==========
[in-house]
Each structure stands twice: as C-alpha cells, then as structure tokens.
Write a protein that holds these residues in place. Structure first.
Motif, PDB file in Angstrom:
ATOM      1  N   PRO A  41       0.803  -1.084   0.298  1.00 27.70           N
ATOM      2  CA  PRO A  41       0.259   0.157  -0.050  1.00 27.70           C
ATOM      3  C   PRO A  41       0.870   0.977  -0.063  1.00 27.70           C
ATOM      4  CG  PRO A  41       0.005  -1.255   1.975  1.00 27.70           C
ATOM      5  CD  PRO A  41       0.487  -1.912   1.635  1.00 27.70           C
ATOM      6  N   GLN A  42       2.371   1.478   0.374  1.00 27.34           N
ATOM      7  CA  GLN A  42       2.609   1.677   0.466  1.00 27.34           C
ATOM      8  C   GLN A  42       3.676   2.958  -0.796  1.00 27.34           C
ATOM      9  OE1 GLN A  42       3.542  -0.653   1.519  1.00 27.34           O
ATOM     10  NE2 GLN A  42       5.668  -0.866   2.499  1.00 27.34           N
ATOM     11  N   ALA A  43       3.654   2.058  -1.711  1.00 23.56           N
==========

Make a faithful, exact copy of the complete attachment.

[in-house]
Each structure stands twice: as C-alpha cells, then as structure tokens.
Write a protein that holds these residues in place. Structure first.
Motif, PDB file in Angstrom:
ATOM      1  N   PRO A  41       0.803  -1.084   0.298  1.00 27.70           N
ATOM      2  CA  PRO A  41       0.259   0.157  -0.050  1.00 27.70           C
ATOM      3  C   PRO A  41       0.870   0.977  -0.063  1.00 27.70           C
ATOM      4  CG  PRO A  41       0.005  -1.255   1.975  1.00 27.70           C
ATOM      5  CD  PRO A  41       0.487  -1.912   1.635  1.00 27.70           C
ATOM      6  N   GLN A  42       2.371   1.478   0.374  1.00 27.34           N
ATOM      7  CA  GLN A  42       2.609   1.677   0.466  1.00 27.34           C
ATOM      8  C   GLN A  42       3.676   2.958  -0.796  1.00 27.34           C
ATOM      9  OE1 GLN A  42       3.542  -0.653   1.519  1.00 27.34           O
ATOM     10  NE2 GLN A  42       5.668  -0.866   2.499  1.00 27.34           N
ATOM     11  N   ALA A  43       3.654   2.058  -1.711  1.00 23.56           N